This gives a whole new meaning to inheriting ideas from your parents. New research from Emory University indicates that parents' learned behaviors and memories could be passed down to children. However, the 'how' is not exactly clear. In the study, published in Nature Neuroscience , scientists had mice breathe in sweet-smelling acetophenone while also giving them a little shock on the foot. They repeated this, Pavlov-style, a few times, which eventually meant the mice startled as soon as they smelled the compound. Here's the strange part: after researchers bred the jumpy mice, their offspring — having no prior exposure to acetophenone — also became startled the first time they smelled it. So did the next generation. Evolution for the nearly-immediate win.
The "fear" was present even when the exposed-parent and their offspring were separated (meaning there couldn't be any sort of parental interference) and when IVF was used in place of usual breeding tactics — so the aversion is likely traceable to something in genetics.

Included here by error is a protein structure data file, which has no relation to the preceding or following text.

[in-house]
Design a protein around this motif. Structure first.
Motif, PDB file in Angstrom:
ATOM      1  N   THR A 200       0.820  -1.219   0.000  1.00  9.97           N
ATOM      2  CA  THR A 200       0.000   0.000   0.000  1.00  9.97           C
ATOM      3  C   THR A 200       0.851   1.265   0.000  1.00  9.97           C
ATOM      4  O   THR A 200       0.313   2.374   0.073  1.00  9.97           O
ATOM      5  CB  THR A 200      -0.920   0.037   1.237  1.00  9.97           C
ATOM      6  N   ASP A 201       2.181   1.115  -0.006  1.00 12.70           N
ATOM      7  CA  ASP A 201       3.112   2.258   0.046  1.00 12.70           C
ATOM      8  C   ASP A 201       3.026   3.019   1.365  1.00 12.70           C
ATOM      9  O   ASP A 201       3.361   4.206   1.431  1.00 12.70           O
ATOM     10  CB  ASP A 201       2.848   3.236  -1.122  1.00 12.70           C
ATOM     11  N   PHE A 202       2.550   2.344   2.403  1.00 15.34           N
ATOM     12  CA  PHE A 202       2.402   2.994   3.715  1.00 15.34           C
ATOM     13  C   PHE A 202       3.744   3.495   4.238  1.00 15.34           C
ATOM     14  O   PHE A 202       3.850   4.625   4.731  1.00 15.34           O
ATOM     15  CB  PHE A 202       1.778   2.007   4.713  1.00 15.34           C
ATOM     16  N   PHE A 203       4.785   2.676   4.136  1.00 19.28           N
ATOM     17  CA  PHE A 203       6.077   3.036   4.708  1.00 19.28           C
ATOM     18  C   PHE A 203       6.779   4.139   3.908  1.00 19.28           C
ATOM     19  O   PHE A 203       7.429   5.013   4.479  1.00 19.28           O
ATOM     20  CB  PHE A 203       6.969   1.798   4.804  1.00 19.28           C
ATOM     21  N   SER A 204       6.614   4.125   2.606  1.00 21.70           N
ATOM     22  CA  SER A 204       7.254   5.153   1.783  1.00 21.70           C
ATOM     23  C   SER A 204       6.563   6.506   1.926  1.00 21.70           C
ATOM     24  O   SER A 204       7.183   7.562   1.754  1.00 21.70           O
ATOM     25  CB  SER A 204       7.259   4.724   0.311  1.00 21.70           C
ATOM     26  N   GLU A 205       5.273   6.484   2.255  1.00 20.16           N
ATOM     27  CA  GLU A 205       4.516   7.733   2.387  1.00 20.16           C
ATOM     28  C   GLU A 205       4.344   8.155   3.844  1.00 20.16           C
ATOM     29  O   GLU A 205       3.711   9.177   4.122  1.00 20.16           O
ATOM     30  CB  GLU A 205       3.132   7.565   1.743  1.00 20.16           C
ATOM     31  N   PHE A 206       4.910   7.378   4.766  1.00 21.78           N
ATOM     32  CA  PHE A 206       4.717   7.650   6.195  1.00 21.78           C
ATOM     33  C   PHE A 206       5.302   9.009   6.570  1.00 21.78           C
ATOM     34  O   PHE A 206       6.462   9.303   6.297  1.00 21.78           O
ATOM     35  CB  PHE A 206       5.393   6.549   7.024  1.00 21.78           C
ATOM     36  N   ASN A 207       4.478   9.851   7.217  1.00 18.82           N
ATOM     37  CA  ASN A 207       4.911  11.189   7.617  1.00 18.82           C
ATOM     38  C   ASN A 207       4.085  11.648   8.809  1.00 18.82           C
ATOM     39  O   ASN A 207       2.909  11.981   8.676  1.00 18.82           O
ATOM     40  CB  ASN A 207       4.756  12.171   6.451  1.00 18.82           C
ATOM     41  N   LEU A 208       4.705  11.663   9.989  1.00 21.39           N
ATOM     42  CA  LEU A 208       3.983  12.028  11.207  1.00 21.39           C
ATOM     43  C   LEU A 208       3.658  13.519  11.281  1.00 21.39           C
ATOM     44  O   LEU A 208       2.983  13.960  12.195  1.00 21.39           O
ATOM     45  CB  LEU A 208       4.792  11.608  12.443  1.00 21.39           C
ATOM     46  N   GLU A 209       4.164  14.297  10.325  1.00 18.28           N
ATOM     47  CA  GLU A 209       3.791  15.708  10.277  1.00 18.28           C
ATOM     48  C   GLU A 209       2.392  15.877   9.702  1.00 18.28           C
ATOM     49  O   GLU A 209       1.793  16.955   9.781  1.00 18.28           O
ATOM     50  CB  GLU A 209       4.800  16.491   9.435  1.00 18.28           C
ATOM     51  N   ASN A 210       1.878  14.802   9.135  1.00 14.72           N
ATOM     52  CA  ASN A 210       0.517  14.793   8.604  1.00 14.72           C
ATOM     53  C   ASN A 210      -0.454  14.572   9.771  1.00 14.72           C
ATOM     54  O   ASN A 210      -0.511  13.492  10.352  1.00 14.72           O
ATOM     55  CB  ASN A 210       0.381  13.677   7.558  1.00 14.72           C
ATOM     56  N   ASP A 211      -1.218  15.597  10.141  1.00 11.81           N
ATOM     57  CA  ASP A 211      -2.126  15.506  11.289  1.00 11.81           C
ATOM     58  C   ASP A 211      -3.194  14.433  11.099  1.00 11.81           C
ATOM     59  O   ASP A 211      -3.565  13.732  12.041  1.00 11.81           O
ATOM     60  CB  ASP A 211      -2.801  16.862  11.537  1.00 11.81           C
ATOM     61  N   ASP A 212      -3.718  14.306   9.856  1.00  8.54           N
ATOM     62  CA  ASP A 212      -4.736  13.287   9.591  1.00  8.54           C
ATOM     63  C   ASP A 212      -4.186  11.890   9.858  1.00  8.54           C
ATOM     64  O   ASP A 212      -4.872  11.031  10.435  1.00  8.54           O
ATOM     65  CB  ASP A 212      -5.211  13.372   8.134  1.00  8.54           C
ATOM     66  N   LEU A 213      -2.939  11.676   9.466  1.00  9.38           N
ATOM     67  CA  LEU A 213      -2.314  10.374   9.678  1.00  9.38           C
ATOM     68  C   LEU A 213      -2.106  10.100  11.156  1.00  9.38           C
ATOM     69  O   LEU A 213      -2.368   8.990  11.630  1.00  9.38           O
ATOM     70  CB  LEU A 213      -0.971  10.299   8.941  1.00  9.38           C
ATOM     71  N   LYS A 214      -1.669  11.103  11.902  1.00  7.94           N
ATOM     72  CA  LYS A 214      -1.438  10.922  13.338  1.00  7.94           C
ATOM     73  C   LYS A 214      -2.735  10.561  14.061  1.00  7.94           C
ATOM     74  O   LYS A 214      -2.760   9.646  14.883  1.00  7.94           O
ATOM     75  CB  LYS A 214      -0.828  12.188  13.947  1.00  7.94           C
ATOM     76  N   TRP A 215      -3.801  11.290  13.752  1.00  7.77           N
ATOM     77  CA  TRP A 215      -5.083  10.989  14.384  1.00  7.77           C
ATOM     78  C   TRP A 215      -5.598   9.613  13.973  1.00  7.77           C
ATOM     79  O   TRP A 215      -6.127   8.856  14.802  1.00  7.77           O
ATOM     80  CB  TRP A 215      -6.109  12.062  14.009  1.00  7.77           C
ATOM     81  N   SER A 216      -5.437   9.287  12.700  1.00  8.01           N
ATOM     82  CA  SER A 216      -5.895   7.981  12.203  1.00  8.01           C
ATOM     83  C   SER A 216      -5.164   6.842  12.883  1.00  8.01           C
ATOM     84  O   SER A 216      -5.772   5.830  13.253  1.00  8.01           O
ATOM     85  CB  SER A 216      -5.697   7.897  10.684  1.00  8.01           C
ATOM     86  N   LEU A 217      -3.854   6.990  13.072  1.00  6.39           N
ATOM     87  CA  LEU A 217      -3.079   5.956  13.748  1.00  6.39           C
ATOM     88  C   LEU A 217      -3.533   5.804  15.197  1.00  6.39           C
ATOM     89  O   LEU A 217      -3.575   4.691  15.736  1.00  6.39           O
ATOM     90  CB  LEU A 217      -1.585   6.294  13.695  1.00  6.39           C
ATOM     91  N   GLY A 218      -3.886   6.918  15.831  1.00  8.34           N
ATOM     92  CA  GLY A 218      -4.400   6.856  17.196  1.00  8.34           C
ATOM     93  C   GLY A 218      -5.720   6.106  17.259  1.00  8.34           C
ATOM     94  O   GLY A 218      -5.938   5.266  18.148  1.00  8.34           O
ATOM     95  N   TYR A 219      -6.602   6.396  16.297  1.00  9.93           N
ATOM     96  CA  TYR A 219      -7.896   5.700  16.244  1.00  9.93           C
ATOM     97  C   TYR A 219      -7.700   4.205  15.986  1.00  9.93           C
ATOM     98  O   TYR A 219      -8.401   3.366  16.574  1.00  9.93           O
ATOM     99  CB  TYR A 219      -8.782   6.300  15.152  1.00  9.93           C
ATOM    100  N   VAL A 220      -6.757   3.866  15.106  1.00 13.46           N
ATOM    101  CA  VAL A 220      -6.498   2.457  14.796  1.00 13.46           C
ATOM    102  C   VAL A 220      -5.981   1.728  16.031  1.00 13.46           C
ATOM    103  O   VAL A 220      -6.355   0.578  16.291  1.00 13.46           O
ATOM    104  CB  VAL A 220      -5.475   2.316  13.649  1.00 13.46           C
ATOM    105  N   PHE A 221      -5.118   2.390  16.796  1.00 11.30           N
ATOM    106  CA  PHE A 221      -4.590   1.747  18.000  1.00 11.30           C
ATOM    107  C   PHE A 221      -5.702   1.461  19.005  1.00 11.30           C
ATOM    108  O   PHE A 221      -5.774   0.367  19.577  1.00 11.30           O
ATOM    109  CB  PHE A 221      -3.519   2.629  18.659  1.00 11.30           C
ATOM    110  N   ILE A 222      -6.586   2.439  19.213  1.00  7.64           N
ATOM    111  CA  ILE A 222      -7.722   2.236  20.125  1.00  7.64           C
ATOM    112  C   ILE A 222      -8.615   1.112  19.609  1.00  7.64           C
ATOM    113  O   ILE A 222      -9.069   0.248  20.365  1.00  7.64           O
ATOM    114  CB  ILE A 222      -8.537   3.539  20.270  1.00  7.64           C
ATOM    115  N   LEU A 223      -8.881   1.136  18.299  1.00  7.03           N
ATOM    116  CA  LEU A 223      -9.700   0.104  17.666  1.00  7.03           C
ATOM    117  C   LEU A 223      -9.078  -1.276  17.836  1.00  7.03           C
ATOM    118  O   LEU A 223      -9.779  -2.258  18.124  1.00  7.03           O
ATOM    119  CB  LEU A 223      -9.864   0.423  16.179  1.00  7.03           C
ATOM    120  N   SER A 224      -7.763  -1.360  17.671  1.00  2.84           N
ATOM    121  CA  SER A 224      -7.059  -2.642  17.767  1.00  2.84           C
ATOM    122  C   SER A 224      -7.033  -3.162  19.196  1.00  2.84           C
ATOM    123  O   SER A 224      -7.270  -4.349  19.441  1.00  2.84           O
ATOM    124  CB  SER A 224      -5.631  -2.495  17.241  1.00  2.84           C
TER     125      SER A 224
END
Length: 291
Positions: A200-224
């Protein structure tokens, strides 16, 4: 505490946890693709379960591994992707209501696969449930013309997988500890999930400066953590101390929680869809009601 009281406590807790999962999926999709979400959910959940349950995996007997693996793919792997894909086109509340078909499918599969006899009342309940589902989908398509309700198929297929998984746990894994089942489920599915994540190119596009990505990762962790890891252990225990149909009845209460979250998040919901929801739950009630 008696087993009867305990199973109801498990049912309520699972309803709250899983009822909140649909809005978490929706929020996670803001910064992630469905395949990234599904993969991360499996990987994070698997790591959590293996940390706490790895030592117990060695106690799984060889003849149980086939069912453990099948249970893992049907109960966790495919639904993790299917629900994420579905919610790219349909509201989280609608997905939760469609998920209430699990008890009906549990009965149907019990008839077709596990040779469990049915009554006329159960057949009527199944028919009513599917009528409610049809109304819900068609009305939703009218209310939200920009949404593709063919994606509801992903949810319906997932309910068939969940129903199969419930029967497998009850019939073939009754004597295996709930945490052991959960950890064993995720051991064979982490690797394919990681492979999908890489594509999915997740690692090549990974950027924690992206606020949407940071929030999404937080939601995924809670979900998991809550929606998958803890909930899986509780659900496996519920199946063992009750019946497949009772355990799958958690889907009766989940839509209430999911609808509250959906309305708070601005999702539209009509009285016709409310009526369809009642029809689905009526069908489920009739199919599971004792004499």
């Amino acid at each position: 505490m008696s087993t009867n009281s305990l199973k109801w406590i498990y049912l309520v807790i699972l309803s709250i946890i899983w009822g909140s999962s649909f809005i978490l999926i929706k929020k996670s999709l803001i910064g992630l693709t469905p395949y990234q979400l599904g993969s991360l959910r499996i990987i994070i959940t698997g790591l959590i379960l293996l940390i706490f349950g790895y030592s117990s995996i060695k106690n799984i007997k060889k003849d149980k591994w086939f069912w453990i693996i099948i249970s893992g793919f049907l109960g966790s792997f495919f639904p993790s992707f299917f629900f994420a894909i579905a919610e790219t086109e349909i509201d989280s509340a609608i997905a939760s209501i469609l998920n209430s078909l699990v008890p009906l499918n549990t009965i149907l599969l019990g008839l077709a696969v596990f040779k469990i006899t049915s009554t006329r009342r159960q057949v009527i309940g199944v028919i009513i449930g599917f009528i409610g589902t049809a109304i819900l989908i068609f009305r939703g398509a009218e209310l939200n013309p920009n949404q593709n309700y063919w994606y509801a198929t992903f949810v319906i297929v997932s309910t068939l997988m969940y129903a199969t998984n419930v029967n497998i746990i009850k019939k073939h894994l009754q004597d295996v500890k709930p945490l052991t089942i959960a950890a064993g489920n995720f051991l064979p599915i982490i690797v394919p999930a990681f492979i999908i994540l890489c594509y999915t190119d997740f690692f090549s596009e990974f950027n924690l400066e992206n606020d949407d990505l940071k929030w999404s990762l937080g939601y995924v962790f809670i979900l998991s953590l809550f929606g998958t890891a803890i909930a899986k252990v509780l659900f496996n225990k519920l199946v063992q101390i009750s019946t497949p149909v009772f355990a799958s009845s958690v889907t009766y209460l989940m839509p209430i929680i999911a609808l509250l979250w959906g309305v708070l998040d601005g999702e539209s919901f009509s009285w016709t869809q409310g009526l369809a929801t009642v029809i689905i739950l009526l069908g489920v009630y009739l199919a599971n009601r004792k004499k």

The Emory paper, although published, is still under review by geneticists, who are a little wary of the conclusions. We still don't know, for instance, how something experienced via the brain's neurons would make it all the way down to the sperm that quickly.
As Geek.com also suggested, "It all has a whiff of the long-defunct idea of Lamarckian evolution" — aka the idea that acquired traits (in this case, learned responses) could be passed down (Lamarck was that guy who thought giraffes' necks stretched more and more over generations to be able to reach trees). Still, exciting stuff.
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